meredith engel

Washington: Pot Shop Sells Marijuana-Infused Coffee Pods

FairwindsInfusedKeurig-StyleCoffeePods[NYDailyNews]

By Steve Elliott
Hemp News

Marijuana-infused coffee has been around awhile, but now you can get cannabis-infused Keurig-style coffee pods.

Seattle recreational marijuana store Uncle Ike's Pot Shop has started selling "Catapult" K-Cup style coffees infused with cannabis, reports Meredith Engel at the New York Daily News.

The pods, made by Fairwinds Manufacturing, work in single-serving coffeemakers and include 10 milligrams of THC, the principal psychoactive ingredient in marijuana. That's not a big dose, but it's the maximum allowed by Washington state in recreational cannabis edibles.

The pods cost $10 each, and that's a bargain, according to Uncle Ike's sales manager Jennifer Lanzador. "People might scoff at the price, but when you think of Starbucks (charging) $4, $5 a cup anyway, and you get the nice kick of THC, it's really not an expensive price at all," she said.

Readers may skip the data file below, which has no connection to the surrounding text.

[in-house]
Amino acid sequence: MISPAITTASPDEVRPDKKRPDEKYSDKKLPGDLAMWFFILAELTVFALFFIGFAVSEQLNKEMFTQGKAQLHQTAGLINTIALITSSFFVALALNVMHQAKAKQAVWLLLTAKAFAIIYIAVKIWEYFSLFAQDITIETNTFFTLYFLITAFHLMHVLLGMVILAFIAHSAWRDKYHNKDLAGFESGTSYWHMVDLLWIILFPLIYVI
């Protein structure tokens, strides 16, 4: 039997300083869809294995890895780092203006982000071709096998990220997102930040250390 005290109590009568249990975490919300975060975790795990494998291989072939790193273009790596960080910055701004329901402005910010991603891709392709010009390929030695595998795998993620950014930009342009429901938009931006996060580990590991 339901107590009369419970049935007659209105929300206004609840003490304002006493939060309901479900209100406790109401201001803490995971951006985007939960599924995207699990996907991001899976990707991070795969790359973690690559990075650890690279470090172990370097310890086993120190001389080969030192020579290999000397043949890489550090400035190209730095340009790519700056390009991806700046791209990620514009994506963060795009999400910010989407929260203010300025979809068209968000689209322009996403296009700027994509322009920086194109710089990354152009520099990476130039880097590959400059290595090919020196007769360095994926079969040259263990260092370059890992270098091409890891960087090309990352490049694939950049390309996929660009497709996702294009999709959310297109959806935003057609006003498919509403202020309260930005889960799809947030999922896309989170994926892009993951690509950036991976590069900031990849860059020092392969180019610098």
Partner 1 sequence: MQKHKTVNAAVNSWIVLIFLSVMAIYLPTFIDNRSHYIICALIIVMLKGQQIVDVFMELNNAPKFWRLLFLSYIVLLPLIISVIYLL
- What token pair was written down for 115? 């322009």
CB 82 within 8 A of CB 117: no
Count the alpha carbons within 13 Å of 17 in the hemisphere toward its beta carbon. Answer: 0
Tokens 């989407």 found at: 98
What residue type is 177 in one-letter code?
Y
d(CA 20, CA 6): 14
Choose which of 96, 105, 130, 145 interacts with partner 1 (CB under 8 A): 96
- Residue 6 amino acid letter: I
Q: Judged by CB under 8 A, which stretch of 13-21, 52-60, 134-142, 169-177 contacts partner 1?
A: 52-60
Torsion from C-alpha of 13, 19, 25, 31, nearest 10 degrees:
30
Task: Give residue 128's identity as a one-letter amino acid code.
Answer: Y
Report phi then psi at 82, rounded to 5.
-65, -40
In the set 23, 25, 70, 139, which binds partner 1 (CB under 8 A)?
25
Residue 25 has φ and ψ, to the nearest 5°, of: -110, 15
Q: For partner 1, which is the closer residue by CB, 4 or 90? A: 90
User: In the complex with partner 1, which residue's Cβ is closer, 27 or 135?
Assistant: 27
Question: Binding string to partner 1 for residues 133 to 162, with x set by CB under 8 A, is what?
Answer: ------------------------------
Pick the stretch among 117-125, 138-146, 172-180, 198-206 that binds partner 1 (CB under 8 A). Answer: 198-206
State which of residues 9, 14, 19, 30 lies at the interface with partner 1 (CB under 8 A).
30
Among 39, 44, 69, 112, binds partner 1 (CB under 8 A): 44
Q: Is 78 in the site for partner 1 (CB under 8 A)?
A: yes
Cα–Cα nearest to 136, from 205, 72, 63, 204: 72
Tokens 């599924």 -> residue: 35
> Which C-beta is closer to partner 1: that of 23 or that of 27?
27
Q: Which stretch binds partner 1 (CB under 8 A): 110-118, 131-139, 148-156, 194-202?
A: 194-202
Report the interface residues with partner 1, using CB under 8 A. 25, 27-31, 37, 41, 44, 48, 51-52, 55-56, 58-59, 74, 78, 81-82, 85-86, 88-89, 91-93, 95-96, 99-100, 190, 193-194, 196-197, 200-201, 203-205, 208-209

"It's delicious," Lanzador said. "Sometimes with edibles you'll get that real pot flavor, (but) I did not notice much of a pot taste."

With both energy-boosting and calming effects, it reminded her of a Red Bull/vodka cocktail, Lanzador said. "I had more energy, but I still had the relaxation you get from cannabis," she said, reports Mary Beth Quirk at Consumerist.

Australia: Researcher Claims Marijuana Causes Mental Disorders, Loss of Intelligence

Australia-ProfessorWayneHall(UniversityOfQueensland)

By Steve Elliott
Hemp News

Surprise, surprise: When you summarize the results of 20 years' worth of the most anti-marijuana studies you can find, you get anti-marijuana conclusions. In what is being touted in sensationalistic press accounts as a "definitive study," an Australian is claiming that his investigation into 20 years of marijuana research shows that cannabis is addictive, causes mental health problems and is a gateway to hard drug use.

Professor Wayne Hall, a drug advisor to the World Health Organization and specialist in addiction at the University of Queensland in Australia, said that heavy, daily use of pot can also lead to car crashes and unhealthy babies. He arrived at this conclusion by hand-picking the most anti-marijuana studies from the past 20 years and passing them off as a "definitive new study."

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